Your favorite buzzword and mine, compliance, was born in scandal.
It may surprise you to learn that the first organization to put compliance on the agenda was not some slick “good governance” consortium. No, the corporate world’s understanding of compliance began at the very un-slick United States Sentencing Commission (USSC).
An independent agency within the US judiciary, the USSC began operating in 1987. Its primary purpose was (and is!) to develop sentencing guidelines for federal criminal cases. The USSC’s sentencing guidelines are a critical aspect of compliance in the context of corporate criminal liability.
Of course, sentencing guidelines are by definition focused on those who have already been convicted of crimes—in other words, sentencing guidelines are about punishment, not prevention.
But in the early 2000s, massive corporate scandals destroyed two behemoths: Enron and WorldCom. In the wake of those catastrophes, it became apparent that waiting for non-compliers to get caught was not enough.
Compliance culture began shifting toward a more proactive stance.
This evolution had a profound impact on how corporations are run. In 2013, Casey Mulligan, an economics professor at the University of Chicago, wrote in The New York Times:
For good or for bad, the costs of complying with federal regulations are probably accumulating more rapidly than taxes.
Given that regulatory compliance consumes billions of dollars and millions of employee hours every year, it’s worth understanding what precisely compliance management is, and how to handle it both effectively and efficiently.
What is Compliance Management?
Compliance management ensures that organizations adhere to all laws and regulations, as well as industry-wide standards and internal policies. An effective compliance management solution will help your firm mitigate risk and maintain compliance with constantly evolving legal and ethical requirements.
The importance of compliance management has grown significantly in recent years, due to the increasing complexity and volume of regulations that are an everyday part of doing business.
Failing to meet your compliance obligations may result in severe consequences, such as financial penalties, business disruptions, legal actions and potential damage to your company’s reputation.
What are the Benefits of a Compliance Management System?
Compliance management helps businesses stay in line with laws and regulations applicable to their industry. This reduces the risk of legal disputes and fines, ensuring that the company operates within the bounds of the law.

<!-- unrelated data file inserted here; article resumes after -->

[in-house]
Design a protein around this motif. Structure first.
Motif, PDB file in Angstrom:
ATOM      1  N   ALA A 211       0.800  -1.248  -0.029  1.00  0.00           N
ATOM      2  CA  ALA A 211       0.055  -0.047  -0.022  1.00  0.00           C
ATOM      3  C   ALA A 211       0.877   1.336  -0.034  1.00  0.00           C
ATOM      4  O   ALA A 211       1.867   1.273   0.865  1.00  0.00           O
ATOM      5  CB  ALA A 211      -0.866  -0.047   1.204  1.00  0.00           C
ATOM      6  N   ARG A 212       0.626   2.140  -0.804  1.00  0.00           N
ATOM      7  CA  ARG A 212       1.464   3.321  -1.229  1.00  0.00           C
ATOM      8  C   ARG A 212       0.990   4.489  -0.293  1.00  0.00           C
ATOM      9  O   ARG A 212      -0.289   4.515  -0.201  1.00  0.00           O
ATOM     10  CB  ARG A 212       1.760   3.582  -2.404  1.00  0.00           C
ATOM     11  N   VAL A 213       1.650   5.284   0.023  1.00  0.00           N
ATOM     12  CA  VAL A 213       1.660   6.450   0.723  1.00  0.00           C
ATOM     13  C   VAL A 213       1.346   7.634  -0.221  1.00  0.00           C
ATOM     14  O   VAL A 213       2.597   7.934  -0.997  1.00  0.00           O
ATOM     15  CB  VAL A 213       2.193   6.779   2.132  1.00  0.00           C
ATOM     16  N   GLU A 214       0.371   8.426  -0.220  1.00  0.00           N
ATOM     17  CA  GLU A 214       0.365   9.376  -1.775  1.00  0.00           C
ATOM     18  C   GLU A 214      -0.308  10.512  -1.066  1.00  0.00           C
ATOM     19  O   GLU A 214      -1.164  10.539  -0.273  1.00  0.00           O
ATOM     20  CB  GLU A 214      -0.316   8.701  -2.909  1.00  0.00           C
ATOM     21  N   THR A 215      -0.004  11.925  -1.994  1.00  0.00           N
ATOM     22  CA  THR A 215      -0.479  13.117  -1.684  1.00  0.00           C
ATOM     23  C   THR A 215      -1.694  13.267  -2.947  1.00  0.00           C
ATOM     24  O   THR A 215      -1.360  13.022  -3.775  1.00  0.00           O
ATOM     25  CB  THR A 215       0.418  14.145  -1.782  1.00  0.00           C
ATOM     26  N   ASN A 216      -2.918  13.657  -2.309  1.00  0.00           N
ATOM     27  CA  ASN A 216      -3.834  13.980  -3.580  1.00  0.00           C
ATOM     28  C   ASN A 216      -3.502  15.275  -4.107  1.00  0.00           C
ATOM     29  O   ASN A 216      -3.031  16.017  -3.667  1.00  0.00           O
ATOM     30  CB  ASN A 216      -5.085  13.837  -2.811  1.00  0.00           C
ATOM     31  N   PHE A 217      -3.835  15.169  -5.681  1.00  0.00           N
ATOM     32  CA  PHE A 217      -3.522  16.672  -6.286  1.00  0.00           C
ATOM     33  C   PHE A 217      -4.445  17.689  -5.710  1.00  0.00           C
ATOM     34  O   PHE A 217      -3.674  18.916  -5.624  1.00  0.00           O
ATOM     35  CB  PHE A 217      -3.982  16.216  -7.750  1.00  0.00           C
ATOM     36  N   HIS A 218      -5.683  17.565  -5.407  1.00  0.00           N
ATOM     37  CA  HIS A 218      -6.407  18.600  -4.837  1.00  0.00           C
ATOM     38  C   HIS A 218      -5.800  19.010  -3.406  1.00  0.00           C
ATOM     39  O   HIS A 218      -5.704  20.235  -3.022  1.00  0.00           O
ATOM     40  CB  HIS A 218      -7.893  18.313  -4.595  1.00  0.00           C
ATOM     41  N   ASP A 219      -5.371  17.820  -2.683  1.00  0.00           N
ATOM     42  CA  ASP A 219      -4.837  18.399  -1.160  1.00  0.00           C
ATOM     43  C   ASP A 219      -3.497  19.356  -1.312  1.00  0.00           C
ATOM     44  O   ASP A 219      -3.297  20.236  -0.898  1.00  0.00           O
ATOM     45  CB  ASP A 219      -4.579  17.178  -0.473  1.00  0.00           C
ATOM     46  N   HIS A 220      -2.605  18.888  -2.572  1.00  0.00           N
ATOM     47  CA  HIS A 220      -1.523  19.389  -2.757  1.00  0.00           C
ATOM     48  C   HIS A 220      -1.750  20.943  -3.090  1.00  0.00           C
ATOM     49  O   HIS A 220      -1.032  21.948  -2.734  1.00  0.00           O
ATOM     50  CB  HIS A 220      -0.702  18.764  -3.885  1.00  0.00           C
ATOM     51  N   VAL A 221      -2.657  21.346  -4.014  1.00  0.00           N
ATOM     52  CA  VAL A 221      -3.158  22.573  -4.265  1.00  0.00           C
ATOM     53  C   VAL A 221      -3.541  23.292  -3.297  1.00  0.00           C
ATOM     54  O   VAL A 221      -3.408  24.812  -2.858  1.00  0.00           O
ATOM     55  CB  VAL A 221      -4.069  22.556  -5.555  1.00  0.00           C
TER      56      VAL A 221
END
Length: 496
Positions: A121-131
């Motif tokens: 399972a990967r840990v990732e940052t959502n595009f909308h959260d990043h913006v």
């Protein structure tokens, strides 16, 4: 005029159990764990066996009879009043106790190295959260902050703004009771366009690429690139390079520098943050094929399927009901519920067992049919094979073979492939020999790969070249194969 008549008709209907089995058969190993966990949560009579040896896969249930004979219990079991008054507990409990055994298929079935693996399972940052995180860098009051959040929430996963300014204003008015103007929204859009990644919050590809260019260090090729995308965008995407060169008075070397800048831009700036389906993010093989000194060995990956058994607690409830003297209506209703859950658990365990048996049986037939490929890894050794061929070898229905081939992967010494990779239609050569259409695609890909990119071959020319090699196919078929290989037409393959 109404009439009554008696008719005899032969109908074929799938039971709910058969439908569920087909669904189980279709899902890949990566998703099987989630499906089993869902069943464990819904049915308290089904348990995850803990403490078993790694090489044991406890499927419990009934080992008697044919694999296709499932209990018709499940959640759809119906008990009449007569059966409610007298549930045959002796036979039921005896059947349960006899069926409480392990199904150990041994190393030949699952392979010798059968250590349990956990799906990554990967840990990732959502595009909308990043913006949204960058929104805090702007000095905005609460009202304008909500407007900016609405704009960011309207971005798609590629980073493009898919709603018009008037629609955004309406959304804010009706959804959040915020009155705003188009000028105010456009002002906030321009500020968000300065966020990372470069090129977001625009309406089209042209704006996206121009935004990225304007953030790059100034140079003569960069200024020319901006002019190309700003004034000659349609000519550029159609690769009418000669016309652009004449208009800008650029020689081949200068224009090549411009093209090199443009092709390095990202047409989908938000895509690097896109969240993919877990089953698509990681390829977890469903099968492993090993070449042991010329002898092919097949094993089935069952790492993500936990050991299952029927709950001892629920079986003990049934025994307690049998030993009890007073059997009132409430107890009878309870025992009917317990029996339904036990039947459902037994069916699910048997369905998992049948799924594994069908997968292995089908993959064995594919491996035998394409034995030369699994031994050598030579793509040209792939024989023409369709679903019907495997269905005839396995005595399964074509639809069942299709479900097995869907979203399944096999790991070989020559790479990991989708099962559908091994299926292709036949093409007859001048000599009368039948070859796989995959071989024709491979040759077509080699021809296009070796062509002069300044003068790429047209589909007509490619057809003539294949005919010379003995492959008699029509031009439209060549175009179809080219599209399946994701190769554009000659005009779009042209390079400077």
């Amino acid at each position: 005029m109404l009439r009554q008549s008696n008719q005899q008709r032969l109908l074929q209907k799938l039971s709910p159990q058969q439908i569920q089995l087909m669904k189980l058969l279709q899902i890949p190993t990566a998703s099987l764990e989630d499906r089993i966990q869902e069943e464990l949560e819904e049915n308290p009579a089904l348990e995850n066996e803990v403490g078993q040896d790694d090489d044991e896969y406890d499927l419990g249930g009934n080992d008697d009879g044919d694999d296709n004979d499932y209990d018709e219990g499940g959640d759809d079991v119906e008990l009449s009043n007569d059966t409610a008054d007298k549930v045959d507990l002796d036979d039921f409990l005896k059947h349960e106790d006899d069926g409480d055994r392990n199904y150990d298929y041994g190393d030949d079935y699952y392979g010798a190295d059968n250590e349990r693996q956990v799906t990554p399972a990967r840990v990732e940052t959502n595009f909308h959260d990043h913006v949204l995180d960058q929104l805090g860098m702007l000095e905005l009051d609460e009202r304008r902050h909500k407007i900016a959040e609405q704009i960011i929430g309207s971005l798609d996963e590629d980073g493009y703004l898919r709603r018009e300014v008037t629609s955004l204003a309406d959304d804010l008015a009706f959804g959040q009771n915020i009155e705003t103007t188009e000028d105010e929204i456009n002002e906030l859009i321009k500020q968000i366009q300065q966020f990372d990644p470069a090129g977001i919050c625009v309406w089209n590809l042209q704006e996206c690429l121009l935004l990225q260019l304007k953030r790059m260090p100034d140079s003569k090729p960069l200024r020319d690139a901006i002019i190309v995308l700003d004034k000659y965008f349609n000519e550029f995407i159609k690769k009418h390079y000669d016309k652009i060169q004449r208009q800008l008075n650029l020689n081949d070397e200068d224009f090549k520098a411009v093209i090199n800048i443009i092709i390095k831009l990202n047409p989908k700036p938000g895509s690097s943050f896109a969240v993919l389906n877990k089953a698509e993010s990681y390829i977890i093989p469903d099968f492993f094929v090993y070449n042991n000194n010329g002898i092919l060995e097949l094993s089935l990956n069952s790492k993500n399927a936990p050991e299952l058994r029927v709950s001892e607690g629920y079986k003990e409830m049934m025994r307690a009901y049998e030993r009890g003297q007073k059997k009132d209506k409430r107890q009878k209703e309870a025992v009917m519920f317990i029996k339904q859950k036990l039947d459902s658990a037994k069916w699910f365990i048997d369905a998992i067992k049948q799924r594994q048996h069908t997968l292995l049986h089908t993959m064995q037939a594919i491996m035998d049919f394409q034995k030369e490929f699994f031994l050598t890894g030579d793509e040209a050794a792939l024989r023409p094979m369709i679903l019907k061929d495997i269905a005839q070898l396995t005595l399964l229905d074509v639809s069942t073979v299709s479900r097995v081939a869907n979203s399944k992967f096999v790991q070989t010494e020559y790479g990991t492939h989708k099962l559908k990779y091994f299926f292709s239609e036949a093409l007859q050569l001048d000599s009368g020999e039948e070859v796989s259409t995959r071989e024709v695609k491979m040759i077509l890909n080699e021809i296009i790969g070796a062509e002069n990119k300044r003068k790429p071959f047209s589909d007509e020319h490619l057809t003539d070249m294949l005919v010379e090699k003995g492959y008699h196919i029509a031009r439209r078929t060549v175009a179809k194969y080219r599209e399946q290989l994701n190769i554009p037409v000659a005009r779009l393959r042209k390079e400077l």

Many aspects of compliance management can be systematized, which helps streamline the process and ensure nothing falls through the cracks. Well-managed compliance processes can lead to better efficiency, reduced errors, and lower operational costs. Compliance measures can help prevent fraud, unethical behavior, and other forms of misconduct within the organization. They also help safeguards intellectual property rights and ensures that proprietary information remains secure.
By identifying and addressing compliance risks, companies can proactively minimize potential threats to their operations, finances, and reputation. Maintaining a strong compliance record enhances a company’s reputation and fosters trust among customers, partners, investors, and other stakeholders. This can lead to increased customer loyalty and improved brand perception.
Compliance can be a differentiating factor in a crowded market. Customers often prefer to do business with companies that demonstrate ethical behavior and a commitment to compliance.
For all these reasons, an effective compliance management system is essential for companies to navigate a complex regulatory landscape, maintain ethical business practices, and protect their interests and reputation. A well-implemented compliance program not only helps companies avoid penalties and legal issues but also provides a strategic advantage in the market.
The Pillars of Compliance Management
A comprehensive compliance management solution typically consists of numerous key components that work together to ensure effective adherence to laws, regulations, and internal policies. These pillars provide the foundation for a robust compliance program. The specific details will vary based on the industry, size of the organization, and the specific regulatory environment.
But speaking generally, these are the fundamental pillars of a compliance management solution:
Policies and Procedures
Developing and implementing clear and comprehensive policies and procedures that outline the company’s commitment to compliance in areas such as data privacy, anti-corruption, anti-money laundering, and so on.
Risk Assessment and Management
Conducting regular risk assessments involves evaluating the compliance vulnerabilities and prioritizing them based on their potential impact. Once identified, appropriate risk management strategies and controls can be put in place to mitigate these risks effectively.